Buyer personas are the cornerstone of any marketing strategy, but they’re also critical for product development and sales.
In this post, we’re going to tell you everything you need to know about buyer personas in 2021.
What does a buyer persona include?
A buyer persona generally covers four areas:
- The buyer’s job and demographics
- Their story — what do they do? What is their industry?
- Their pain points/challenges, and how they look to solve them
- Where they go to look for information
This is an example of a fully-fledged buyer persona, similar to the ones we use at Inflowing when writing for clients:
30-45 years old
Key influencer/Decision Maker
Roles — HR Manager, HR Director, Head of HR, Head of People
Industries — Professional services, marketing, legal, finance, technology
Company size — higher end of 50-150 and possibly 150+
- Possible gaps in knowledge/training
- Resource and time
- No time/expertise to be strategic
- Specific challenges around culture, turnover, engagement
- Many hats to wear
- Improving key metrics around people in the business — reducing staff turnover, increasing retention
- Build a strong company culture
- Put a strong strategy in place
How they learn and discover
- Younger personas will be digital natives
- Actively searches for and seeks advice online and through her networks
- Member/subscriber to HR relevant publications
How to create a buyer persona
The aim of a buyer persona is to help you know them on a deep level; taking the abstract idea of an ‘audience’ and turning it into a tangible person that you can create content for and relate to.
Above all, look for commonalities between your customers and prospective customers. How can they be grouped together? What do their stories tell you? Find an image that represents them.
Once you have this information, set it out in an easily digestible way.
Why create buyer personas?
Creating buyer personas lets you put a face to the customers that you want to attract, allowing you to aim your content at the kind of individuals who will benefit most from your offering, instead of the masses. While this may sound counter-intuitive, it allows for a more personalised, tailored approach that will resonate more deeply with your customers, both emotionally and intellectually.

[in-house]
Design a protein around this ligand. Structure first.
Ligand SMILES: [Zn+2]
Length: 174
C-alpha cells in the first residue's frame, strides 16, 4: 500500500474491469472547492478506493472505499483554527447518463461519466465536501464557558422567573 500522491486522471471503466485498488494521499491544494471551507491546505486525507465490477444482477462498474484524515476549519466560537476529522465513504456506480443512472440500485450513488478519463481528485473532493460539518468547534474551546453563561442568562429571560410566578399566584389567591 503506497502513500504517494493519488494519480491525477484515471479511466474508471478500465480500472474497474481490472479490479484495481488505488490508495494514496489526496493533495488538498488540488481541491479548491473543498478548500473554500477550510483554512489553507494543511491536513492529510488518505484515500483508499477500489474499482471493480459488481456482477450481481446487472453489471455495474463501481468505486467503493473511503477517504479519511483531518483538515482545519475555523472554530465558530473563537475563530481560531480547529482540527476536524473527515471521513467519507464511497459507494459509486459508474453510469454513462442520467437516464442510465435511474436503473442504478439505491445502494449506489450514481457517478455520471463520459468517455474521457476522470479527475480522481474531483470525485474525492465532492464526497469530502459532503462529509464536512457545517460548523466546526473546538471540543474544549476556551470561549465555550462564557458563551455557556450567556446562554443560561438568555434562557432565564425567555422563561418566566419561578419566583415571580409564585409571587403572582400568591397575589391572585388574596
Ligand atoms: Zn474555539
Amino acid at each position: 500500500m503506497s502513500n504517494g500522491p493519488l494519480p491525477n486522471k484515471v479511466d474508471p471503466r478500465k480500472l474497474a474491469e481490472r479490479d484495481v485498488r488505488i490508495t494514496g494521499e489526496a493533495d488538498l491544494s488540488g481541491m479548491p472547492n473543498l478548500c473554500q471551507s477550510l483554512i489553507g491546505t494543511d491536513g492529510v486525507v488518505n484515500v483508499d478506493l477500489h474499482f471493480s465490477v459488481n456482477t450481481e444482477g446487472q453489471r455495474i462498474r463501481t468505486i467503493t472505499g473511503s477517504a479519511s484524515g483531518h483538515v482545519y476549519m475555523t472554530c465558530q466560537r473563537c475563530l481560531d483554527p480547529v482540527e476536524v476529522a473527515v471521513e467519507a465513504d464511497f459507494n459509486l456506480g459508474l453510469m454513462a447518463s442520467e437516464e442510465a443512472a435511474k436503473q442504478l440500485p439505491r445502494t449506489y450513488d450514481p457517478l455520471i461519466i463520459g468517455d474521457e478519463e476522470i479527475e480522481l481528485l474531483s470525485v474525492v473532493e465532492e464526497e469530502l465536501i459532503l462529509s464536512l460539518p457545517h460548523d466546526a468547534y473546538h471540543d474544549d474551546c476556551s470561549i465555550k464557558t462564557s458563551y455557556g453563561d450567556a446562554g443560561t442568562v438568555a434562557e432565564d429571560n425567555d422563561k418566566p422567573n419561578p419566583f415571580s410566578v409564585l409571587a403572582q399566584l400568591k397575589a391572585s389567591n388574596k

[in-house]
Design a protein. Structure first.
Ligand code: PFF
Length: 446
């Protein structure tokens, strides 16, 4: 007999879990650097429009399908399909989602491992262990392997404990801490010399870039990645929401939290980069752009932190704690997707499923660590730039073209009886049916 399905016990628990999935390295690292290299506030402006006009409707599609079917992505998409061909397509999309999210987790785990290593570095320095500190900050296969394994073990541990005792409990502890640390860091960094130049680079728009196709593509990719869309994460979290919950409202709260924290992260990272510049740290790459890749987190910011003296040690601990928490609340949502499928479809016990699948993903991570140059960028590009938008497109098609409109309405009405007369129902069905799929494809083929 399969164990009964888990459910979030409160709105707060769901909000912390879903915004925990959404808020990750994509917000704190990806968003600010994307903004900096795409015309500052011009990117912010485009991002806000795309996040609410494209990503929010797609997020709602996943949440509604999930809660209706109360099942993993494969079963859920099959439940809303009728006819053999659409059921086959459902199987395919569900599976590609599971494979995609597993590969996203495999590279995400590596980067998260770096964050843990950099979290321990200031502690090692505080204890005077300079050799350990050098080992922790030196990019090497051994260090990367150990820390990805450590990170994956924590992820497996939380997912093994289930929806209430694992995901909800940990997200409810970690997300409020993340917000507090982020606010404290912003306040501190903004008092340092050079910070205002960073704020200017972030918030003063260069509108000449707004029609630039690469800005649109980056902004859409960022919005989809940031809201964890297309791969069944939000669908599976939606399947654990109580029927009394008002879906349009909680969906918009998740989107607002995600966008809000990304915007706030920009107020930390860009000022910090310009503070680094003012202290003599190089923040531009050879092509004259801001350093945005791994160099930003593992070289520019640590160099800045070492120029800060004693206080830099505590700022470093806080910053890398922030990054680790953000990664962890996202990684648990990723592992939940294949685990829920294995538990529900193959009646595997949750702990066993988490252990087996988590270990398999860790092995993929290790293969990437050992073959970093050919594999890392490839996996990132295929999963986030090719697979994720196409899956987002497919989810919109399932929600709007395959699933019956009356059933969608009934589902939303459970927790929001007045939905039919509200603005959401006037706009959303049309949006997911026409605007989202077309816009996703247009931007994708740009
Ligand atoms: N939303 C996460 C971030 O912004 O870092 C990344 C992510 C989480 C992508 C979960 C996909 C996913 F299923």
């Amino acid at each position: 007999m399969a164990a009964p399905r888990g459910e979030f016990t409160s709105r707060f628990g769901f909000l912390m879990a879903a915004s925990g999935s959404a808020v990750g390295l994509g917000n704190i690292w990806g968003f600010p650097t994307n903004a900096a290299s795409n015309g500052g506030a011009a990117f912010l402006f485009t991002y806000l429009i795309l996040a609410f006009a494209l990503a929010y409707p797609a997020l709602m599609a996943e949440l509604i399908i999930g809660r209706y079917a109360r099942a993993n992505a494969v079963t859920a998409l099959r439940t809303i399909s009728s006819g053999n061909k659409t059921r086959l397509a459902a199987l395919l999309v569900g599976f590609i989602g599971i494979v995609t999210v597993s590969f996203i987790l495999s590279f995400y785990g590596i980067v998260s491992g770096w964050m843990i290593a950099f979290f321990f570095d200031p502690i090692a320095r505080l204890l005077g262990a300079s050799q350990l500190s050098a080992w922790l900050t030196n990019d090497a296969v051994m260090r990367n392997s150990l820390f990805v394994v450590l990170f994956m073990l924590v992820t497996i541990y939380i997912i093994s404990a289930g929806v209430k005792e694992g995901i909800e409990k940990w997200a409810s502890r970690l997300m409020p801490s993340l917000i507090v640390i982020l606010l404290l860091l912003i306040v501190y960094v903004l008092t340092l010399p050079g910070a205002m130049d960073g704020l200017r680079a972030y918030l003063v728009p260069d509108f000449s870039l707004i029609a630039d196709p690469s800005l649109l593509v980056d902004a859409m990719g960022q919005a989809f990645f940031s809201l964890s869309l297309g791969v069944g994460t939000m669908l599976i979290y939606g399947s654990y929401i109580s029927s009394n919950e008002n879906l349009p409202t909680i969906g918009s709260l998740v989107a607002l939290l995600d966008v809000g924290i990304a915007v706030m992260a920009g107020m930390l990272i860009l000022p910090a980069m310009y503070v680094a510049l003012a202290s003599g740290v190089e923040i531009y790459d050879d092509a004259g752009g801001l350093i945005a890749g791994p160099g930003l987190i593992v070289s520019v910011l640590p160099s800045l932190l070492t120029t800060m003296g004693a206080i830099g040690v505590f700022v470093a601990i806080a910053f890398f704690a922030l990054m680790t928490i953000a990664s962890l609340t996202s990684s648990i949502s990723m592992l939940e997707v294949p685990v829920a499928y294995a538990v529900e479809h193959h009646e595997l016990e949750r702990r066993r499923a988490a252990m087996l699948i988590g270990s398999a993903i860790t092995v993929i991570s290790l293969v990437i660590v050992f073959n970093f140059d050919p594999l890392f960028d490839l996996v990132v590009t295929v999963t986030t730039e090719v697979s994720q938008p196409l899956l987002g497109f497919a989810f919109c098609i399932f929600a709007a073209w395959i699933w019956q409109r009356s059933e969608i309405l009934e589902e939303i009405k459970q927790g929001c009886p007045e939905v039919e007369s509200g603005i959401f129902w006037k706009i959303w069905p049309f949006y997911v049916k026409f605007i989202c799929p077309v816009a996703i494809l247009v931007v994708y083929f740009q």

- Product development uses buyer personas to identify and prioritise changes to your products and services based on what your customers want and need the most.
- Marketing uses buyer personas when creating content marketing strategies. Buyer personas help to inform keyword research and are referenced when writing copy.
- Sales use buyer personas when building rapport with potential customers. By referencing buyer personas, your sales team will be able to better understand what the prospect is dealing with and be better prepared to address their concerns.
- Finally, insight gained from buyer personas can be used to tailor training for customer support teams. Tailoring training to tackle the problems that your customers are trying to solve with your products and the emotional impact the problem is causing results in a more empathetic support team that can handle even the most upset customer.
If directly speaking to your audience isn’t possible for whatever reason, try stepping into their shoes. What do they feel is important? What are their goals, challenges? In other words, really try to get inside their head.
Doing this exercise and creating personas puts you in a prime position to craft content, products, and services that provide the most value to them.
In other words, creating buyer personas for your customers allows you to understand them better. Therefore, buyer personas put you in a great position to bring more value to your customers.
Inflowing is a B2B marketing agency. We help B2B organisations do meaningful things with marketing – whether that’s getting more leads, more visibility, or supporting their sales teams.